The Odd Future brand has grown in broad increments since the crew first exploded across laptop screens almost three years ago: Bedroom recordings became critically acclaimed albums, viral prank videos gave way to a TV series and corporate ad campaigns, and doodles of cats and bikes on t-shirts blossomed into a booming merch business. But not much has changed on stage. At the Music Hall of Williamsburg last night, Tyler, Taco, Jasper, Mike G and Earl spat pastel-tinted rage between laughing fits and awkward dance moves for the 16+ crowd of devotees. (Watchful parents chaperoned from the balconies, cops lined the block outside the venue.)
Taco wound up the crowd with a DJ set before the show began, dropping Chief Keef and the Notorious B.I.G. with manager Chris Clancy’s toddler daughter turning up at his side. The stage was mocked up with artwork and props from Tyler, The Creator’s upcoming Wolf (due April 2nd), suggesting a twisted summer camp, complete with a tree stump, cabin and BMX bike. Tyler and Co. soon emerged to "French" off his breakout Bastard mixtape, and ran through a string of early material and many of the darker cuts from his debut Goblin including "Nightmare," "Dracula," "Tron Cat" and a full rendition of "Yonkers."
The exchange between artist and audience is paramount at an OF show, and the small venue allowed moments of writhing chaos and true intimacy: Fans pushed through moshpits to offer gifts and ask for selfies, and security was posted up at stage right to toss crowdsurfers back into the abyss when they wormed their way onstage. "Oh, it’s your birthday?" Tyler asked one girl shrieking for his attention. "Do you want me to sing happy birthday to you? Okay. Happy birthday, fuck you!"
Like any gifted MC, Tyler continues to self-examine through his lyrics and narrate his story before anyone else can – on new releases like "Domo 23" and Earl’s "Whoa," his typical vitriol and self-loathing have given way to boasts of 50K checks and romps with European models. But on the new material previewed during the show, flashes of introspection shone brightest. He opened one track berating his father for still not picking up the phone, and later placed his bank account flexing in context: "You’d think all this money would make a happier me, but I’m about as lonely as crackers and skinny models be."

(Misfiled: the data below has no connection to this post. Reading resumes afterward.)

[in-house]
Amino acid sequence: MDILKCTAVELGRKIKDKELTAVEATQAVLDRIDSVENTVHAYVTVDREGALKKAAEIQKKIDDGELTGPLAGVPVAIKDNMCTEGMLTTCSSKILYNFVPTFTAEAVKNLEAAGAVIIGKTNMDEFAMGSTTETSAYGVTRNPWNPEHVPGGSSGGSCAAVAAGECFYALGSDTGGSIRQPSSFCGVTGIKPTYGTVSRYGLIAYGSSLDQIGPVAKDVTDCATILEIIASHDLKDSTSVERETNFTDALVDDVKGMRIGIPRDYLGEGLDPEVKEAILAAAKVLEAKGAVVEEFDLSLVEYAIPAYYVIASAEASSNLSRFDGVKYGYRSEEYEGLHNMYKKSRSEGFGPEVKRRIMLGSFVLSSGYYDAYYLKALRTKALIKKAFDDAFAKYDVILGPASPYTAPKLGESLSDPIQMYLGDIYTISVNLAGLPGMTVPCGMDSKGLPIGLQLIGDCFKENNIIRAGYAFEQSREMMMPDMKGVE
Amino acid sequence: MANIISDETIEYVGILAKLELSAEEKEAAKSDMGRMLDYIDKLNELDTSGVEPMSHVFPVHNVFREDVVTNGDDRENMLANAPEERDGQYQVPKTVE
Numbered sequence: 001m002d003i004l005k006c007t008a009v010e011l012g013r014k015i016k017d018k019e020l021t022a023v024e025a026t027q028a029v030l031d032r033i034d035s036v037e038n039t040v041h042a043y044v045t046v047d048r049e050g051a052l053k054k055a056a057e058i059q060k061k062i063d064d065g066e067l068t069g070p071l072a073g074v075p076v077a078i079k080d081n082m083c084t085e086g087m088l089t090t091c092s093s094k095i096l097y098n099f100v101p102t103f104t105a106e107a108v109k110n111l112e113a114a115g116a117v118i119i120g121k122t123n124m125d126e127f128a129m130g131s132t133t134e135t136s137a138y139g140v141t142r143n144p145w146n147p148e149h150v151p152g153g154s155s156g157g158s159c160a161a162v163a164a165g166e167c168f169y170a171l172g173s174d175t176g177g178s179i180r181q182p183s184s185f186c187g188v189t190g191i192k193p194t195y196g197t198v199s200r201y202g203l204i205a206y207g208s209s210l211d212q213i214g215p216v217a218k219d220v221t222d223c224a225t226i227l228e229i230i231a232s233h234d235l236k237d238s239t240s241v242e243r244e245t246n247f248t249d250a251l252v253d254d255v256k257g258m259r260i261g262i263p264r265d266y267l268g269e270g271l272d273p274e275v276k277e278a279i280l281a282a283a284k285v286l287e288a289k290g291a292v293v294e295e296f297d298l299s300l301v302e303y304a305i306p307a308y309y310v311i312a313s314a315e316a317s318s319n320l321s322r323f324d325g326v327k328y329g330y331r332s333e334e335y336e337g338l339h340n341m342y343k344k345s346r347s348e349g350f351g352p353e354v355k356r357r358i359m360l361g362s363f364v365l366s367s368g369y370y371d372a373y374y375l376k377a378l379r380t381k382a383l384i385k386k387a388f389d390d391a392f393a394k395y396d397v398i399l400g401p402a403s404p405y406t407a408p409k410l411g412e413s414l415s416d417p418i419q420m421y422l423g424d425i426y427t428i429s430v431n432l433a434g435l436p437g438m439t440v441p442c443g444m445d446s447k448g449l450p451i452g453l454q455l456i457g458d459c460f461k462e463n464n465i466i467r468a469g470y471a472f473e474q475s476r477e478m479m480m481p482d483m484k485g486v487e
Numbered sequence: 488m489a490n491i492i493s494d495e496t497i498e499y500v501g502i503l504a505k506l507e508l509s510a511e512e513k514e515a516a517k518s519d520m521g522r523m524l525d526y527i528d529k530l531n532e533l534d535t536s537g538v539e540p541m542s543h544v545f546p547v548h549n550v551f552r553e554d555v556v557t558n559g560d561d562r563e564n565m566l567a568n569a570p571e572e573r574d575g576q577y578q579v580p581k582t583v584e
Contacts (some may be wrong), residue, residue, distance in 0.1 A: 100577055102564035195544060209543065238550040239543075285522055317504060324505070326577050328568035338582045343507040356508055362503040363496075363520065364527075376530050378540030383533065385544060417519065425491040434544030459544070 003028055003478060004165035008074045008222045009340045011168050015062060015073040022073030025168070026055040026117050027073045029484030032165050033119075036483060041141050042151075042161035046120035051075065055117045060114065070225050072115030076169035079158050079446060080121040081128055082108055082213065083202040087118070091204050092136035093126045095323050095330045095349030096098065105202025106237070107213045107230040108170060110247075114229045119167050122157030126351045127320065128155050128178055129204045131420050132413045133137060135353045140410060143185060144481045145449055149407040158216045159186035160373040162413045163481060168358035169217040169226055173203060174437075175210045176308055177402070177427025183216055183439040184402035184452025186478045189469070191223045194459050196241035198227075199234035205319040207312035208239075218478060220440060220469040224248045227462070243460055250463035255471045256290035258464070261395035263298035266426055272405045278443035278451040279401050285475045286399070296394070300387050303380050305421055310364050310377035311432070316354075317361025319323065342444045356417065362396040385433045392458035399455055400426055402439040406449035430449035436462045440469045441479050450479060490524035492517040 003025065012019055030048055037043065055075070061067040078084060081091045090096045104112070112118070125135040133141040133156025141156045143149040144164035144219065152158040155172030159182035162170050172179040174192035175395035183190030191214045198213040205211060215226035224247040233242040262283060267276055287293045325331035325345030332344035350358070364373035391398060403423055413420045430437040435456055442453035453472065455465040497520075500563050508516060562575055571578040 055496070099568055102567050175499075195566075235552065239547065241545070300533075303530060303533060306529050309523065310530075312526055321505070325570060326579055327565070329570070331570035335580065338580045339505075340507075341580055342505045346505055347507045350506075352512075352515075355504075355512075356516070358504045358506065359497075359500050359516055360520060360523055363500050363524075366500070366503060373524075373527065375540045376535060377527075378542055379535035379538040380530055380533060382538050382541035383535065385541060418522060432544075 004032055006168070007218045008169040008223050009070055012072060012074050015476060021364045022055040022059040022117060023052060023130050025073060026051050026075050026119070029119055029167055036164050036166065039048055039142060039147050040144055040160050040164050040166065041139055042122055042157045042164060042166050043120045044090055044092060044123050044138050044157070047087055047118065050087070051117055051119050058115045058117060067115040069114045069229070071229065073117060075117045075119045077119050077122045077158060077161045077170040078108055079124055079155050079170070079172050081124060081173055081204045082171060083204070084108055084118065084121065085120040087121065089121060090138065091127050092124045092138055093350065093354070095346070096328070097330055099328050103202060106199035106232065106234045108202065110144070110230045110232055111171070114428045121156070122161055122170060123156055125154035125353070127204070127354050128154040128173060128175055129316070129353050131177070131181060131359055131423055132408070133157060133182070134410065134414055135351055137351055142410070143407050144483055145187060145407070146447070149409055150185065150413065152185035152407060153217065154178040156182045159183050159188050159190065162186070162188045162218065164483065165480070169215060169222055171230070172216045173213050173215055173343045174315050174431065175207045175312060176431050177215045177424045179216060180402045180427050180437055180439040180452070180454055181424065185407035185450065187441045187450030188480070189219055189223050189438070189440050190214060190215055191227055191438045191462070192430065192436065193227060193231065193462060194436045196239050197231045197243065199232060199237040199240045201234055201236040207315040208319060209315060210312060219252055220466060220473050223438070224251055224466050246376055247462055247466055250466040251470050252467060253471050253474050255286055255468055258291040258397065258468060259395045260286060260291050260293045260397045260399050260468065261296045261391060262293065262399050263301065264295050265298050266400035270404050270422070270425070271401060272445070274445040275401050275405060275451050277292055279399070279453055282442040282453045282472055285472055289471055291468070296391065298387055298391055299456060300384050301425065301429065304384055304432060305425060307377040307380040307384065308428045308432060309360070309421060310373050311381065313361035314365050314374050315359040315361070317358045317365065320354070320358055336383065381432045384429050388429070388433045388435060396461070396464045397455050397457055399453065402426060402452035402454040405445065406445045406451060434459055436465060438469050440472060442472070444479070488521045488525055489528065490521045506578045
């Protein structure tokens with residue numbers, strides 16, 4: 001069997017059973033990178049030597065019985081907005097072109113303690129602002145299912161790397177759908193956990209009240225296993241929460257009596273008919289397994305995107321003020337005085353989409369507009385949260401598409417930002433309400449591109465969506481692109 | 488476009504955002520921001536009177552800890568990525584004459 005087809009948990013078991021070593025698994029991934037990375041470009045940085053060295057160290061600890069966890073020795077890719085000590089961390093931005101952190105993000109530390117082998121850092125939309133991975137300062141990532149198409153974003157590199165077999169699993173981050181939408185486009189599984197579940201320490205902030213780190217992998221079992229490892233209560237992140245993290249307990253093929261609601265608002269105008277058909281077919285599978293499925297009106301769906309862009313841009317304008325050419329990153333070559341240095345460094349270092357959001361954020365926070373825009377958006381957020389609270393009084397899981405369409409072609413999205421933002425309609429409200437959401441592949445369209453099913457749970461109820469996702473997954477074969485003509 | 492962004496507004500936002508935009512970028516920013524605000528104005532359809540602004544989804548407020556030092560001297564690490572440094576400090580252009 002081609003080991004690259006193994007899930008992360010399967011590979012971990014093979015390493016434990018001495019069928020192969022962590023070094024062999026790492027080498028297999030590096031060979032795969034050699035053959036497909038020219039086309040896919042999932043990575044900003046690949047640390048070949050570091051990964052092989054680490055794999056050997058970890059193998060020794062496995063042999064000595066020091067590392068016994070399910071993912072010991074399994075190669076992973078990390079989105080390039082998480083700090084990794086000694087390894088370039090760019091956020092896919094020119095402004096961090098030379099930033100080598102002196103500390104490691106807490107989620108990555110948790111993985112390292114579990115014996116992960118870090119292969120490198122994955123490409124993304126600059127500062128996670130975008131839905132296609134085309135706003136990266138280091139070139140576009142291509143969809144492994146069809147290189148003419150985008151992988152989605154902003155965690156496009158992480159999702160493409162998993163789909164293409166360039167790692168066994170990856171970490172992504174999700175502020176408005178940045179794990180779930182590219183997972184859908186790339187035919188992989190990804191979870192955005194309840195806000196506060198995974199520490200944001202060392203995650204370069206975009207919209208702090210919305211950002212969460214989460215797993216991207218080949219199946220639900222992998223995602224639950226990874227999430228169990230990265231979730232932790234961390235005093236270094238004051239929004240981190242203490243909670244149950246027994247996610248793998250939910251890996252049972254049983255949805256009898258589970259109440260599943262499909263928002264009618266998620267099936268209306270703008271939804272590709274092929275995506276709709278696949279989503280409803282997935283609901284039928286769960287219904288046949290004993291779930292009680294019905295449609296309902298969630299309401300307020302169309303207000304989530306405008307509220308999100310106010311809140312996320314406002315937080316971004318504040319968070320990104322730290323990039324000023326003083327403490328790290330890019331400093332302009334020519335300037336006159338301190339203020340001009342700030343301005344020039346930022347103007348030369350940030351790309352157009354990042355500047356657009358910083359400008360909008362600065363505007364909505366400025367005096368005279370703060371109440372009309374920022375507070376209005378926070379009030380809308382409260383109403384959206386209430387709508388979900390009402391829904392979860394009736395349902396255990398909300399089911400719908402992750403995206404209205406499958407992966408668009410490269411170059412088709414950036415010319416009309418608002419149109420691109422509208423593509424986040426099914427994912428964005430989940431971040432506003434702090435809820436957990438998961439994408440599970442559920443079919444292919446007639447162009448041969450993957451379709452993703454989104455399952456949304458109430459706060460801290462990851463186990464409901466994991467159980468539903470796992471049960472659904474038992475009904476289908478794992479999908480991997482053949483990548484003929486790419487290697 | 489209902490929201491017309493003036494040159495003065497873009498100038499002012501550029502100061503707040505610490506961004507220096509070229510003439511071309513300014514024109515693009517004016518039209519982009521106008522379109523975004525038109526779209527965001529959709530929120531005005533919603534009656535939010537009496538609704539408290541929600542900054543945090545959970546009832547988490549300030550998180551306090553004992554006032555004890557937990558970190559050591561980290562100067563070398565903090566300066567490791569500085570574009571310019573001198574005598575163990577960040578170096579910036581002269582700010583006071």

Tyler’s production is more progressive and exploratory this time around, digging even deeper into the kick drums and colorful chords of his idol/mentor Pharrell. The upcoming single "Bimmer," a playful love-letter about sharing Slurpies with a girl he thinks is "chill," accented with harmonies from Frank Ocean, felt especially precious between the snarls and growls that dominated his set.
Despite the promise shown from sneak peaks of Tyler’s new material, it was his onstage chemistry with rhyme partner Earl that truly defined the night. Almost a year has passed since Earl returned to the United States to find all his friends had become rich and famous while he was shipped to reform school in Samoa, and the shock has seemingly worn off. Earl fit seamlessly into the set, cracking jokes and bouncing back and forth with Tyler on classics like "AssMilk" and "Orange Juice." Their dynamic is still the heart of the group’s appeal, and they dominated the second half of the set as a duo, slapping each other with beef jerky sticks and bursting out laughing mid-verse.
The performance ended with "Sandwitches," on which Tyler scoffs, "This n**ga had the nerve to call me immature. Fuck you think I made Odd Future for, to wear fuckin’ suits and make good decisions? Fuck that." There were no suits & ties present, but as sweaty fans poured from the concert hall straight to the merch booth with weekly allowance to burn, one couldn’t help but think that Tyler’s made some pretty good decisions so far.
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